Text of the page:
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Towards a brave new world?
Written by Kevin Pringle, partner
3 October 2020
The (very) broad theme of this week’s Read on the Street is technology and innovation. Having gone through university and started working life at a time when the internet and email were still several years away (how did we actually function?) I’ve been struck by how tech has helped us adapt to life under Covid-19 and combat the virus. From creating virtual offices via Zoom and Teams, to downloading the Protect Scotland app, there are things we can do now and ways we can connect that were unimaginable a generation or so ago.
It’s tough now, but would have been much tougher – for individuals, the economy and society as a whole – in the past.
Necessity is the mother of invention, and the pandemic is acting act as a spur to further developments and discoveries. I think the pieces below provide some grounds for optimism that we can build not just a brave new world, but also a better one.
1. Playing music together, apart
Symbiotic by nature, orchestras may not be the first thing to spring to mind when you think of social distancing. But distance they must if they are to survive. In this piece, Izzy Price speaks to musicians and conductors about the challenges, opportunities and ultimately the hope brought on by technological advances that have allowed the show to go on.
Read in The Telegraph
2. The foundation of trust
Despite its proximity to ‘ground zero’ of Covid-19, Taiwan has only recorded a total of 514 cases of infection and seven deaths. In an interview with WIRED, Audrey Tang, Taiwan’s youngest-ever digital minister, explains how the nation used open data and transparent governance to empower its citizens to code their own way out of a pandemic. It’s a mind-blowing listen.
Listen to it on: WIRED.
3. It’s all about the crowd
An industry highly dependent on the physical presence of a crowd, fashion, is also part of a digital experiment. Turning to the new phenomenon in the fashion world, a ‘digital fashion week’, Luke Leitch raises a crucial question. Now that we all have front row seats but experience nothing close to the fun that ensues from the real-life encounters, could it be that the spectacle is, in fact, more about the spectators?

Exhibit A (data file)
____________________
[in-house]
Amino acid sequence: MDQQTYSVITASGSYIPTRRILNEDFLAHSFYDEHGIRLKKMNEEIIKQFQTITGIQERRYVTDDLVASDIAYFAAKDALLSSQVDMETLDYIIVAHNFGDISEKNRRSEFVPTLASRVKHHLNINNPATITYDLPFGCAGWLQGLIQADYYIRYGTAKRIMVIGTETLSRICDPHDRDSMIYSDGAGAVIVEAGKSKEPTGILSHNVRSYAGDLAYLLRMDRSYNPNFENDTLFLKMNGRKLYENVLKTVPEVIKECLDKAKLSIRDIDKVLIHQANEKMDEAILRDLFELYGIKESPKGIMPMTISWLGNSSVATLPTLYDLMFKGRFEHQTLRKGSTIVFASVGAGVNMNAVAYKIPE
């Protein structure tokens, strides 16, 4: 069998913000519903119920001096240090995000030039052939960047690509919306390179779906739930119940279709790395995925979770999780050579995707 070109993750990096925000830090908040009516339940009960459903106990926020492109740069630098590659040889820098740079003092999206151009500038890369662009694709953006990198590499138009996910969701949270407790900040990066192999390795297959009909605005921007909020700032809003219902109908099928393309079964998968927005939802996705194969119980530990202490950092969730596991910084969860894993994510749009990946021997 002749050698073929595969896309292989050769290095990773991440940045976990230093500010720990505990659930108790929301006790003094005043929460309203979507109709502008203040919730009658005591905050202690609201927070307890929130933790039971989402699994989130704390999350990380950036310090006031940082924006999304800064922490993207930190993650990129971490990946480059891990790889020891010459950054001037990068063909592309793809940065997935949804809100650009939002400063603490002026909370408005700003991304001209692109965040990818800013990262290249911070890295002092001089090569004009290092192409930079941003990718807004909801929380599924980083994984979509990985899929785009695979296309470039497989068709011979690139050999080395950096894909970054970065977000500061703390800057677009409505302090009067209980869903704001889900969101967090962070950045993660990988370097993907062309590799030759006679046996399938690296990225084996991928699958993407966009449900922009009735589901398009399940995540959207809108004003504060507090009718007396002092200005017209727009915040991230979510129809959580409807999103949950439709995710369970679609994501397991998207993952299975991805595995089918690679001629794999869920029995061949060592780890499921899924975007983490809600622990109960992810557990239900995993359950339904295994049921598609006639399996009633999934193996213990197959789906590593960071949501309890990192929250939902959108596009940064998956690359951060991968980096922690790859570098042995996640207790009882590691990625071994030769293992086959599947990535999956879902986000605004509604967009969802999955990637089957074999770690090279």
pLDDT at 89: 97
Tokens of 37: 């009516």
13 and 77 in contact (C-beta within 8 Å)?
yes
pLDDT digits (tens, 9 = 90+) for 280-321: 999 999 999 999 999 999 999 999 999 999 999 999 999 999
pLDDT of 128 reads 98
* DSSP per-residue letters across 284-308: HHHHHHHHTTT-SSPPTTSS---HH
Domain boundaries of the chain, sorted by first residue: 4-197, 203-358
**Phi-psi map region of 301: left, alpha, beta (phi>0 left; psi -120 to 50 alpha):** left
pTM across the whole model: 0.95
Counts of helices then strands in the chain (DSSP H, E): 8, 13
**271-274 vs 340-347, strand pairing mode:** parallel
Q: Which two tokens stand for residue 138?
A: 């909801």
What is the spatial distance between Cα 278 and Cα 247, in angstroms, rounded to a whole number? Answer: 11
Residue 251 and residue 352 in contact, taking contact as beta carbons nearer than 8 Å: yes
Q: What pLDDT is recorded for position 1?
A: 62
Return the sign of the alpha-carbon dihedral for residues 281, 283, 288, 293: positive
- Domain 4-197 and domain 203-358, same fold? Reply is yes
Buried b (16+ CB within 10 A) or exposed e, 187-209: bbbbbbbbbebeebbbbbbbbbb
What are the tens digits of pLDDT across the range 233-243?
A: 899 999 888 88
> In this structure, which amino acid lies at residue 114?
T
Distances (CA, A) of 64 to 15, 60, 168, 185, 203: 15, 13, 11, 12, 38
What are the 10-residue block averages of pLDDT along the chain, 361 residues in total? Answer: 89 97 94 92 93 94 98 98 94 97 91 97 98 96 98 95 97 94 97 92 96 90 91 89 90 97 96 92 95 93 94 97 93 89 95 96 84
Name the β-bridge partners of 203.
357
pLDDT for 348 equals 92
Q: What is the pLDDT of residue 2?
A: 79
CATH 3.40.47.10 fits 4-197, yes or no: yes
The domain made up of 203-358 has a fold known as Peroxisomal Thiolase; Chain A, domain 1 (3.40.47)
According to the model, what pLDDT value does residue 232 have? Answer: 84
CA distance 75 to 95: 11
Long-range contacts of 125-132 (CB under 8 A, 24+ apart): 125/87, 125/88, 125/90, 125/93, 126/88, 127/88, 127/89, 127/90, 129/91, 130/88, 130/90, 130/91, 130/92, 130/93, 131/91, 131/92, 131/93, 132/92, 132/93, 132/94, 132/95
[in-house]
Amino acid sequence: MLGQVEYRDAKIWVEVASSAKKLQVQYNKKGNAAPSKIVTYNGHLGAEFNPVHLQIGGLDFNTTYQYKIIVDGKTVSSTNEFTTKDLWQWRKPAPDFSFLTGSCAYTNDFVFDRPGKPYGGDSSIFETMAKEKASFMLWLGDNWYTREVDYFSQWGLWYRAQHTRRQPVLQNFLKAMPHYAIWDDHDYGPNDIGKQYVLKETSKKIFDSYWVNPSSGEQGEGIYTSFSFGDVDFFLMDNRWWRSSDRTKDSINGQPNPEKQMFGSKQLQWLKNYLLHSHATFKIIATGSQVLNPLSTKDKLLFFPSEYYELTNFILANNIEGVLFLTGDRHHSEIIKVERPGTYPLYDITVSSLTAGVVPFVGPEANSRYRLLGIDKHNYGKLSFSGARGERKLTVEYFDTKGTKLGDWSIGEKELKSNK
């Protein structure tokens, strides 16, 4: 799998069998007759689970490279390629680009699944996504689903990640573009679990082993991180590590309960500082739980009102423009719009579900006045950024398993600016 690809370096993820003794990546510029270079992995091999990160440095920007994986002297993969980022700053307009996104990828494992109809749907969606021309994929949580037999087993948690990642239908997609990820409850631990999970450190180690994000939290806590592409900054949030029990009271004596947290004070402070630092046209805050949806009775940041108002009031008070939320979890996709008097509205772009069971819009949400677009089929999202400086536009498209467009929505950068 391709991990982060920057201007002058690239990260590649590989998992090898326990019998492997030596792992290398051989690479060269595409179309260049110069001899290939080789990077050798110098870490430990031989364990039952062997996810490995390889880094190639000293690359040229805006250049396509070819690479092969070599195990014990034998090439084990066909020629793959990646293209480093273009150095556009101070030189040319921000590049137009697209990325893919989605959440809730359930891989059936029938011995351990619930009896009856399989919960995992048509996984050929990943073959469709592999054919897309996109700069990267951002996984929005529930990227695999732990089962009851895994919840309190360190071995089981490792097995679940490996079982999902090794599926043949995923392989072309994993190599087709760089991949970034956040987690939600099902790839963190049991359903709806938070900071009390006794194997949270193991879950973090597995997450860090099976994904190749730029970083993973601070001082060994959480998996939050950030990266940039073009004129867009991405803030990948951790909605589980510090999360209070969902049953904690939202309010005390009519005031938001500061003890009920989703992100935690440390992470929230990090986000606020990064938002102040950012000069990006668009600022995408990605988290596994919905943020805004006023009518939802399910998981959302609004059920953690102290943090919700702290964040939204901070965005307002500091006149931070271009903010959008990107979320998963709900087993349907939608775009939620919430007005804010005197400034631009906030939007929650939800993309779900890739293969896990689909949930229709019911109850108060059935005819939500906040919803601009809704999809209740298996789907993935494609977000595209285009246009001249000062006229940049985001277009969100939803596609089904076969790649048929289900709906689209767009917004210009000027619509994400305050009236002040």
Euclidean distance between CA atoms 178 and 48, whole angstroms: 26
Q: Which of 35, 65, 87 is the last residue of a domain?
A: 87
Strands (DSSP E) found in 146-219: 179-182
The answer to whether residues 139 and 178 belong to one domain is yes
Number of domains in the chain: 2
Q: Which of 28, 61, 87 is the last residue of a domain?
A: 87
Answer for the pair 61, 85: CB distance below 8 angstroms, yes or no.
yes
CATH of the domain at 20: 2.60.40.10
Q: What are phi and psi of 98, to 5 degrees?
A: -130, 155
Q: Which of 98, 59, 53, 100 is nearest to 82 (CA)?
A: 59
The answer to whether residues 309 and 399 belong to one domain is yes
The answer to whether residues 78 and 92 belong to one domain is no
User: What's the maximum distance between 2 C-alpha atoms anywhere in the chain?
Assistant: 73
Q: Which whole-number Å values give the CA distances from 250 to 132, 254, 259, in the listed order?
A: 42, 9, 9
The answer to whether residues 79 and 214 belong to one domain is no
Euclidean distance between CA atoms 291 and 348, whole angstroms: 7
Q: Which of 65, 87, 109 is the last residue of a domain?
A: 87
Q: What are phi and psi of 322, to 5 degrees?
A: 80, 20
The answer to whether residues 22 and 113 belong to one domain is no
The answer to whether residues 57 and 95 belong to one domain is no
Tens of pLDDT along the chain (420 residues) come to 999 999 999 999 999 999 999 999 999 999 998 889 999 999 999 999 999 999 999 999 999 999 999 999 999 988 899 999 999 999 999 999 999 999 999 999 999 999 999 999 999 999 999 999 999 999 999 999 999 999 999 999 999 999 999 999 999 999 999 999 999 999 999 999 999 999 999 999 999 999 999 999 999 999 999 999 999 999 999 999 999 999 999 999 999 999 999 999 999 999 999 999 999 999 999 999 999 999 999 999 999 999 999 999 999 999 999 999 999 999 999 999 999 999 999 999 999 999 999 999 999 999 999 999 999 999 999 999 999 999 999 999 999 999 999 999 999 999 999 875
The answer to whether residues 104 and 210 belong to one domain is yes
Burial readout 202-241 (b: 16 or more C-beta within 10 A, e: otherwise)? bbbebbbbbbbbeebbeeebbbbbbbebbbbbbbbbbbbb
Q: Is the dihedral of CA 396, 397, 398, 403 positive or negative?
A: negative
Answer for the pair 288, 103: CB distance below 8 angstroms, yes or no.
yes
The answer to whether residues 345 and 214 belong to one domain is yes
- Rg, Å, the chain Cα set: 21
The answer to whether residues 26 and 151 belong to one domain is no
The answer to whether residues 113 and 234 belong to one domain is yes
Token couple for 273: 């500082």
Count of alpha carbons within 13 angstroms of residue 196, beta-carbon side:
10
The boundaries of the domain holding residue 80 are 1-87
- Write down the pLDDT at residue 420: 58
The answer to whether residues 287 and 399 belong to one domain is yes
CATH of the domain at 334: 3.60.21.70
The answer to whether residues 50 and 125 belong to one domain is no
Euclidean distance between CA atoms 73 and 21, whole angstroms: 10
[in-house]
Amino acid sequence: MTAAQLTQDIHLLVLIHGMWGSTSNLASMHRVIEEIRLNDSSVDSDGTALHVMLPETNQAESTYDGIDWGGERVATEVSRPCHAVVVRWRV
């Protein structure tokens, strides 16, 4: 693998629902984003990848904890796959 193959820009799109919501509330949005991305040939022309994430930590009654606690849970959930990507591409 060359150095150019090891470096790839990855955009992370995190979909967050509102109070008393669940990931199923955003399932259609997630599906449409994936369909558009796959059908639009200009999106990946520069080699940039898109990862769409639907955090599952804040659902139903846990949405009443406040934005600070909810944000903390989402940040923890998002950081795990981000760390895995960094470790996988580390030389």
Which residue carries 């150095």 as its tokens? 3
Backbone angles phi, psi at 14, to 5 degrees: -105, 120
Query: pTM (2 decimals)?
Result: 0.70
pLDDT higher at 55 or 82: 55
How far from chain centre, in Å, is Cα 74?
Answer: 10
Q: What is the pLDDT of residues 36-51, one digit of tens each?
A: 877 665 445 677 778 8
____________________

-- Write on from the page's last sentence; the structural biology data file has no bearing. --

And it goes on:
Read in The Economist.
4. Meal with an AI twist
From manufacturing to back of house cooking elements, robots are already integrated in many aspects of food service. As is often the case these days, the pandemic and its distancing measures have only accelerated the trend, moving robots from behind the scenes to more customer-facing roles. But while robot waiters may offer a smart solution to one of the challenges facing the industry, there is one aspect in which humanity still holds sway…
Read in Forbes.
5. Some are already vaccinated
It’s getting harder to know what to believe, but this article in the impeccably researched New Yorker brings word from China that a vaccination against Covid-19 is already being distributed, despite not yet having completed its phase 3 trials. Does it work? Who knows. If so, for how long? Again, no answers here. But the claim that China sharing a functioning Covid-19 vaccine could also help its diplomacy is worth knowing about.
Read in the New Yorker.
And finally: Making this (virtual) reality
Has working from home made you Zoom-weary and in desperate need of physical interaction? Are you missing the chance to hang out in the kitchen with your colleagues? The solution is simple – virtual reality. In this article, Joanna Stern writes about her positive experience of using VR to remotely connect with her teammate. Has the pandemic – coupled with innovative technology – created the next phase of digital correspondence? Will FaceTime one day become 3-D?
Read in The Wall Street Journal.